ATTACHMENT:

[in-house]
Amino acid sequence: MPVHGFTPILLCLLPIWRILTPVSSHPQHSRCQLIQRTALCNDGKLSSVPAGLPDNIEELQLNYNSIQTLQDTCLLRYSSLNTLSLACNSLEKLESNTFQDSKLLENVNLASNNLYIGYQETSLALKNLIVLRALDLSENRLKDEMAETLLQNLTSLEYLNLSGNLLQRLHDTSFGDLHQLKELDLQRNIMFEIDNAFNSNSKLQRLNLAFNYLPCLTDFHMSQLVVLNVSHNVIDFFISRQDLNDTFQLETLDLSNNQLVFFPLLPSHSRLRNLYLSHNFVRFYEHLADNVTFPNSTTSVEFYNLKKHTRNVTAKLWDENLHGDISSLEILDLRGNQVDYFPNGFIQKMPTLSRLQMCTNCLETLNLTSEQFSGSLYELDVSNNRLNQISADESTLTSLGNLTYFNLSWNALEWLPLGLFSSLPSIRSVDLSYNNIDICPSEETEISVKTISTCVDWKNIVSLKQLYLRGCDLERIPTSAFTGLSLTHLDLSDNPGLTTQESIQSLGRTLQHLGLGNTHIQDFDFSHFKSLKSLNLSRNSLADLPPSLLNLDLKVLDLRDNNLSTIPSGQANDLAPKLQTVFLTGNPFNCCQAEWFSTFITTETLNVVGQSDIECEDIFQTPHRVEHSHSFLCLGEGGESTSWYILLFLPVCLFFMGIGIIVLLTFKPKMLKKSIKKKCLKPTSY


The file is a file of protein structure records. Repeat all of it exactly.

[in-house]
Amino acid sequence: MPVHGFTPILLCLLPIWRILTPVSSHPQHSRCQLIQRTALCNDGKLSSVPAGLPDNIEELQLNYNSIQTLQDTCLLRYSSLNTLSLACNSLEKLESNTFQDSKLLENVNLASNNLYIGYQETSLALKNLIVLRALDLSENRLKDEMAETLLQNLTSLEYLNLSGNLLQRLHDTSFGDLHQLKELDLQRNIMFEIDNAFNSNSKLQRLNLAFNYLPCLTDFHMSQLVVLNVSHNVIDFFISRQDLNDTFQLETLDLSNNQLVFFPLLPSHSRLRNLYLSHNFVRFYEHLADNVTFPNSTTSVEFYNLKKHTRNVTAKLWDENLHGDISSLEILDLRGNQVDYFPNGFIQKMPTLSRLQMCTNCLETLNLTSEQFSGSLYELDVSNNRLNQISADESTLTSLGNLTYFNLSWNALEWLPLGLFSSLPSIRSVDLSYNNIDICPSEETEISVKTISTCVDWKNIVSLKQLYLRGCDLERIPTSAFTGLSLTHLDLSDNPGLTTQESIQSLGRTLQHLGLGNTHIQDFDFSHFKSLKSLNLSRNSLADLPPSLLNLDLKVLDLRDNNLSTIPSGQANDLAPKLQTVFLTGNPFNCCQAEWFSTFITTETLNVVGQSDIECEDIFQTPHRVEHSHSFLCLGEGGESTSWYILLFLPVCLFFMGIGIIVLLTFKPKMLKKSIKKKCLKPTSY